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Doctor hopes divinity school helps him spread word: Care should be more compassionate

Dr. John Dormois, a cardiologist, is closing his Tampa practice this month to go to divinity school at Duke.


Dr. John Dormois, a cardiologist, is closing his Tampa practice this month to go to divinity school at Duke.

TAMPA — Cardiologist John Dormois is taking a leap of faith. On July 16 he will close his thriving South Tampa medical practice to attend divinity school at Duke University.

After 35 years of caring for patients' bodies, Dormois, 65, wants to broaden his focus to caring for their spirits. He believes he can best do that by teaching medical students something he feels is lacking in the current curriculum: compassion.

A native of Kansas City, Kan., Dormois has practiced medicine in Florida since 1975. He and his wife of 12 years, Joan, were on a house-hunting trip in Durham, N.C., when we caught up with him recently by phone.

How did you come to this decision?

It had been a thought for about three or four years after I became interested in end of life care, something few people prepare for. I have seen a lot of heartache and pain because that whole process was not handled well by patients, friends, relatives, pastors. I started thinking, wouldn't it be interesting to have a greater understanding of medicine and spirituality? I wondered, how do you combine medicine and theology? The closest thing to it would be a hospital chaplain, so I took a course at Tampa General Hospital on being a chaplain. Every Tuesday, for nine months, I worked as a chaplain at TGH. I started last September and finished this past April.

What was it like?

I was not identified as a doctor. I got to watch other doctors, nurses, patients as a bystander, not as someone directly involved in their care. It was extremely enlightening. What I learned was stark. Patients would tell me things I know they never told their physicians. I would give them the opportunity to talk about their feelings, thoughts, fears, concerns, the faith anchor in their lives. They revealed things that doctors rarely have time to listen to: important things that doctors don't have the time to sit and hear. Those things often get passed over, and it turns out those things are incredibly important, almost as important as the medical care they are receiving. That just brought it home to me how important issues of the spirit are, and I use spirit as a generic term, not tied to religion.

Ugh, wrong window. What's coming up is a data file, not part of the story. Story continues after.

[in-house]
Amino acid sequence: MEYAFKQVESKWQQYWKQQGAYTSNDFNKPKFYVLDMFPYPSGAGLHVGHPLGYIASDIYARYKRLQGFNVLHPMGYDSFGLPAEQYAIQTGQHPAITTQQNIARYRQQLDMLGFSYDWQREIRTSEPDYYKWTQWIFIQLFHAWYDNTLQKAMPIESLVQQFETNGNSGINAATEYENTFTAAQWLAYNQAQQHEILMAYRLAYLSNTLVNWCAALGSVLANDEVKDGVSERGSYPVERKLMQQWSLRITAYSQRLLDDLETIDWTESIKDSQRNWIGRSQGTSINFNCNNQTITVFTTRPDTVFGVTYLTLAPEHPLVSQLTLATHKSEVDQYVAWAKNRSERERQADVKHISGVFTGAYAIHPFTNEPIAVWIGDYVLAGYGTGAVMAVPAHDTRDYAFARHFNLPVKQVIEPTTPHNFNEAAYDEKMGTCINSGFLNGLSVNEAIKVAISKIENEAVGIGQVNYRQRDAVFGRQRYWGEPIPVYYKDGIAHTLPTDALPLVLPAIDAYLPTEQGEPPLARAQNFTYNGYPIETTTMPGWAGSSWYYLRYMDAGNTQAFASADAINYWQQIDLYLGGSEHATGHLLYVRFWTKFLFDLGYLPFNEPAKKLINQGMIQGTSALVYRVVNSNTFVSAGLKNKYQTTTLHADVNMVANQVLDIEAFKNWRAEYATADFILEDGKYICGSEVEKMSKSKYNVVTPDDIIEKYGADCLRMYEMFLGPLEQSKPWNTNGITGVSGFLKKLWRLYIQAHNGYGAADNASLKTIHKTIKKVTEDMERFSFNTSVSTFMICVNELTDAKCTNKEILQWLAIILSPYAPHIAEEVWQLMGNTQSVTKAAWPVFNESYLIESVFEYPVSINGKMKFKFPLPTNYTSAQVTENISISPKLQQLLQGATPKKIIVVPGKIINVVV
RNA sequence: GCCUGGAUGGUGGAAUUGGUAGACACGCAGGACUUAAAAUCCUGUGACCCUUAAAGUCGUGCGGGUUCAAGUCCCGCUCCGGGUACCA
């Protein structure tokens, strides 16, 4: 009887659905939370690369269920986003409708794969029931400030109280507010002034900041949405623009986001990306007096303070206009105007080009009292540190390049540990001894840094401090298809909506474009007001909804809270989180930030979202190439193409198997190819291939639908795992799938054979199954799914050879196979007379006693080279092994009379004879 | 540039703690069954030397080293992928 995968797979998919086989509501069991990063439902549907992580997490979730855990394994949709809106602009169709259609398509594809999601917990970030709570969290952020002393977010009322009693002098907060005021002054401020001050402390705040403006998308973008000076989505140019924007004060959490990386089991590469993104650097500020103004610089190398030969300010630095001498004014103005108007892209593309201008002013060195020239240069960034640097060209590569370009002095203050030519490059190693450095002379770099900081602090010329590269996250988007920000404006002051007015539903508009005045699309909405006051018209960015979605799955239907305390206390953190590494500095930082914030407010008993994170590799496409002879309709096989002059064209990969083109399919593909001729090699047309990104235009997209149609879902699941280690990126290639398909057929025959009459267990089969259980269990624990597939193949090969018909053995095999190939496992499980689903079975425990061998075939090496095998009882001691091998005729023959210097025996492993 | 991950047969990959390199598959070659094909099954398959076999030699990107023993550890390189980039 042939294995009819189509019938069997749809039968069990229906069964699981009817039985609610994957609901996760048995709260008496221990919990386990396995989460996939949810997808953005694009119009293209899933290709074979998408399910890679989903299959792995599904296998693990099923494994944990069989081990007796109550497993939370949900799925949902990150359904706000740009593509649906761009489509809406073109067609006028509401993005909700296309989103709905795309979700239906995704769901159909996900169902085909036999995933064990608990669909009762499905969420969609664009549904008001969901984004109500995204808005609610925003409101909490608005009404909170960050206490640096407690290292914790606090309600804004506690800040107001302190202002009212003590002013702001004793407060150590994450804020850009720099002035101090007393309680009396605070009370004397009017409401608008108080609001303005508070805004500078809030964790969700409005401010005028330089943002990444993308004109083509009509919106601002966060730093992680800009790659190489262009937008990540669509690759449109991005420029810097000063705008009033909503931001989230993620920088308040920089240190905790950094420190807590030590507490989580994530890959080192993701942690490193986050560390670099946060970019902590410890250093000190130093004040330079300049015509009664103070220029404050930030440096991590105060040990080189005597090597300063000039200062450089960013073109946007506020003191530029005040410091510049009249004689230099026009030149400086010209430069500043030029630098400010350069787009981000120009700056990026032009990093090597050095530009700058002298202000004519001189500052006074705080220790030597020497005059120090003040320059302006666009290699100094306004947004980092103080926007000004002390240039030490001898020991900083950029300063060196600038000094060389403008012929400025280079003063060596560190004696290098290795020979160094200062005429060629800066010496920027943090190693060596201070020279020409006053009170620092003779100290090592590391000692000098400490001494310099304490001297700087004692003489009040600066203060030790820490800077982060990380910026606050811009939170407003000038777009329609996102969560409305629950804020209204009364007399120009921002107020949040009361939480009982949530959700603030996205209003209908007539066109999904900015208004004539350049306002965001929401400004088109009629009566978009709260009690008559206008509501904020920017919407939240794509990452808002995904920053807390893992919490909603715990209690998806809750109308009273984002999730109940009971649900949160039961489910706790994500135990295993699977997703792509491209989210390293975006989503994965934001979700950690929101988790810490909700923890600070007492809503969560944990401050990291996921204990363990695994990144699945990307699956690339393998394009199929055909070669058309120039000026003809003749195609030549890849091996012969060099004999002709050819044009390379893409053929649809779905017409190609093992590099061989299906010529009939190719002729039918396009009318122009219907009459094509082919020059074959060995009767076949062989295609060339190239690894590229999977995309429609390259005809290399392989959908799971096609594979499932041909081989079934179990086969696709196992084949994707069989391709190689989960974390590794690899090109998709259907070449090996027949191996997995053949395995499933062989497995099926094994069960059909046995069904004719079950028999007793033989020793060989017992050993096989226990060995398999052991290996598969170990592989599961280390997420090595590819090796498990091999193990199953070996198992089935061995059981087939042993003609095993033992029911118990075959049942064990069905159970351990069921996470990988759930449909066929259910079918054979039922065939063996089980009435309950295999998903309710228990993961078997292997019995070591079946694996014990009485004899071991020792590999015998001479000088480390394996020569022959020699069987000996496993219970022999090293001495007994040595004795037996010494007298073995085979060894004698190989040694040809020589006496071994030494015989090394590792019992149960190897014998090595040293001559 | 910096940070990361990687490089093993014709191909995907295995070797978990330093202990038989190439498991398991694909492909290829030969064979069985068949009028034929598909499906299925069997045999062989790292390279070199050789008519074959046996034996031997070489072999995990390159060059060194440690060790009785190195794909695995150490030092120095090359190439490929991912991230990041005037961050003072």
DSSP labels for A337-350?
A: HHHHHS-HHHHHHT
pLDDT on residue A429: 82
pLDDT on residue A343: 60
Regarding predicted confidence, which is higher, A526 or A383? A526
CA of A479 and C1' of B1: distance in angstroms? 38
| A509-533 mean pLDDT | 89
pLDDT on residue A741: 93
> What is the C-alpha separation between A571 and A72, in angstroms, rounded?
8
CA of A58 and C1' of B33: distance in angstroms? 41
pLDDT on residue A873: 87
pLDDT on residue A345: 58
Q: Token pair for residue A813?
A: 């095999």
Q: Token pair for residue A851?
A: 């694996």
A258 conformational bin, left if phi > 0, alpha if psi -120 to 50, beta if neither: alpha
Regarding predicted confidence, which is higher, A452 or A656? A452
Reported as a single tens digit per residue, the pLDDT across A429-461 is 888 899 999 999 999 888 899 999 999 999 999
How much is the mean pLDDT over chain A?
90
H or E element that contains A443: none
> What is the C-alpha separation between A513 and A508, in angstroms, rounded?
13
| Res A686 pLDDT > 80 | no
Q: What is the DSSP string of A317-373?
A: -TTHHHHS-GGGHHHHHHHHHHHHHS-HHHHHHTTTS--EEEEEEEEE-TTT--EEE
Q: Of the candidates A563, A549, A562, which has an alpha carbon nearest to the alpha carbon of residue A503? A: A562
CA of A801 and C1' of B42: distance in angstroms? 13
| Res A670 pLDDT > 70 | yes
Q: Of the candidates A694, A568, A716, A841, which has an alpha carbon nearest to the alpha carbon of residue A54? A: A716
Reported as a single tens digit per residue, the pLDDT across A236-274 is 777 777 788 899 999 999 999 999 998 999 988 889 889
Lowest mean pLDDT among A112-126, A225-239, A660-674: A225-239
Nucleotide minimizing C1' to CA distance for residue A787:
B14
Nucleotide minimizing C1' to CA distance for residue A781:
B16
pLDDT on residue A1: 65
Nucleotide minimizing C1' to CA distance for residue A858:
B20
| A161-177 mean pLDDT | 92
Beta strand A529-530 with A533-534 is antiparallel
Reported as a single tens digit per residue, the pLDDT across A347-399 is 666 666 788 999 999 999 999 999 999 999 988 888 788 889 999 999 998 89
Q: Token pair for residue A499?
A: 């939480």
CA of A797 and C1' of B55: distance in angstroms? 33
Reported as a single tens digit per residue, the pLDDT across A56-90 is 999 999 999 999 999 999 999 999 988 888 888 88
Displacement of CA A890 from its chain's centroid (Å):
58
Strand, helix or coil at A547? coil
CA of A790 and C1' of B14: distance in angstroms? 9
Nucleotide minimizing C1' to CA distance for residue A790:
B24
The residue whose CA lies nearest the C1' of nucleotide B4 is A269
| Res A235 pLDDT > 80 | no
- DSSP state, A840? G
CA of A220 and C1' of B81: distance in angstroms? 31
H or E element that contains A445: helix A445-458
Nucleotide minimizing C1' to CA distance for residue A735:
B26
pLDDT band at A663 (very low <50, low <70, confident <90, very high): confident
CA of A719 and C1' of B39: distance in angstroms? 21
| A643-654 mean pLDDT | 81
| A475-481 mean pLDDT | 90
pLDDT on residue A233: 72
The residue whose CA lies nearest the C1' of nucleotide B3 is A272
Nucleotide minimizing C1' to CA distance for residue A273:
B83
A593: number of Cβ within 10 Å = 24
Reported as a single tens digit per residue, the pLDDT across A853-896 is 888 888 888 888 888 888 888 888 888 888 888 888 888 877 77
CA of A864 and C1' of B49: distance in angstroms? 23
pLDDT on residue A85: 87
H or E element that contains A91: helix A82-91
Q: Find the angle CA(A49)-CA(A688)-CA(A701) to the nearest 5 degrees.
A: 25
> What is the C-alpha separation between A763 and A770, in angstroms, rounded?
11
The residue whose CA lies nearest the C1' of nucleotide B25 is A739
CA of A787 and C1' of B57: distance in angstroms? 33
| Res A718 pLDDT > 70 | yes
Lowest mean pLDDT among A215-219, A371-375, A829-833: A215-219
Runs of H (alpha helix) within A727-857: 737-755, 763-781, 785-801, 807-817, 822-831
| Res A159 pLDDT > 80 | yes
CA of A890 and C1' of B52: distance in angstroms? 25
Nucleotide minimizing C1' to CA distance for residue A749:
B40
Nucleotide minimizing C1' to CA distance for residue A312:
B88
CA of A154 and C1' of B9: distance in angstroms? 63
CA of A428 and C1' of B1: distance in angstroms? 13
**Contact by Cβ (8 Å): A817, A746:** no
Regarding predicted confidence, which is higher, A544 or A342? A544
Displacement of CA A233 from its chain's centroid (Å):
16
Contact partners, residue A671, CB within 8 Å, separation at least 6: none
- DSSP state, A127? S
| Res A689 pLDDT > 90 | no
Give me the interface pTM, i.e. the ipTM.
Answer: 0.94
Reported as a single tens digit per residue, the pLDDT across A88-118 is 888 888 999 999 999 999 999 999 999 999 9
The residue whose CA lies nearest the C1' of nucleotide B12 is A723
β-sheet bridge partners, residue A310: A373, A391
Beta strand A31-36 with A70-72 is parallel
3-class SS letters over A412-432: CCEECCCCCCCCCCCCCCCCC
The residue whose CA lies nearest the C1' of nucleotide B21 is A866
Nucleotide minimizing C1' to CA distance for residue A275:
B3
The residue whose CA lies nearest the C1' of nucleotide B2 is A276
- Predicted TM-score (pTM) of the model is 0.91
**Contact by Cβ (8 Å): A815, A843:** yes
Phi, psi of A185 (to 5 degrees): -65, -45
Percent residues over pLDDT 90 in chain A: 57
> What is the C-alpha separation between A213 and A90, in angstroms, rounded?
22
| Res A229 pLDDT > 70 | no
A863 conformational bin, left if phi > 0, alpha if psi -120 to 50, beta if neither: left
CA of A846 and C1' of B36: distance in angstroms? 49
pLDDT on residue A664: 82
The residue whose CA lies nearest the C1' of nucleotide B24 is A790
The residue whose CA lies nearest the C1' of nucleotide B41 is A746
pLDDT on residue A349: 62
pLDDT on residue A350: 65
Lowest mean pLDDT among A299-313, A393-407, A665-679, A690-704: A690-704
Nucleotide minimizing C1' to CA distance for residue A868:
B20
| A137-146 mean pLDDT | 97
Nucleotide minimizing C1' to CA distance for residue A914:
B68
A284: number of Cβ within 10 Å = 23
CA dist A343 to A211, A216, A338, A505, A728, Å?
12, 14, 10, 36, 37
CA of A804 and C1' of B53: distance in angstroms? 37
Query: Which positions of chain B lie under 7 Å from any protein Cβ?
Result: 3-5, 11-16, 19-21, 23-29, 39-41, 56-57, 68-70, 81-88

Can you give me an example of what a patient shared with you as chaplain?

I recall vividly one man awaiting a liver transplant. As I entered his room, I inquired how he was doing. He looked at me with a look of desperation and said, "I'm afraid of dying." The physician's likely response would be to reassure that everything was being done, it didn't look all that bad, etc. The chaplain's response, on the other hand, would be to explore his feelings surrounding the issue of death. What makes you so afraid? Is it the finality, separation from loved ones, concern about pain and suffering, or issues of spirituality? A few weeks later I visited the patient after his successful liver transplant. The first thing he said was how much it had helped him to have been able to unload his anxieties about death.

You said that you hope to teach medical students about spirituality. Why take three years for divinity school?

Because if I'm going to combine medicine and spirituality in any way, then I need credentials — some certification that will give me credibility to teach. Most of the 175 students in my class at Duke will be going into traditional ministry, church work. I'm not headed in that direction. It will be a form of ministry, just in a different context.

What do patients need that you hope to bring to the table?

A whole lot more compassion. Doctors need to understand that this is a human being in crisis and not just a heart muscle that has been damaged. This is a human being with hopes and fears and emotions that need to be acknowledged. So often the tests and tubes and scans take over, and the patient and family are left on the sidelines. I'd like to see that process change, and I believe it has to be done early in medical training. I know how people in my life have said or did something that really, really mattered. I think I can do that for someone else. If I can profoundly touch 5 percent of a medical school class, it will be huge.

Will you come back to Tampa after you complete the program?

I don't know. Duke is really making a big effort to bring the medical and divinity schools closer together. There might be an opportunity to teach there. Other physicians at Duke share these interests of mine, and they are interested in developing the same kind of program for medical students. So, I'm going to do this and see what happens. Medicine has been a wonderful career, but at this point in my life, I don't have to achieve anything in particular. I planned for retirement, so the pressure is entirely different. I can enjoy the educational experience and see where it all takes me.

Irene Maher can be reached at [email protected] or (813) 226-3416.

Keep up with Dr. Dormois

To learn more about the doctor's decision to go to divinity school, and to follow

his path there, check in with the doctor's blog:

Doctor hopes divinity school helps him spread word: Care should be more compassionate 06/30/10 [Last modified: Thursday, July 1, 2010 7:25am]
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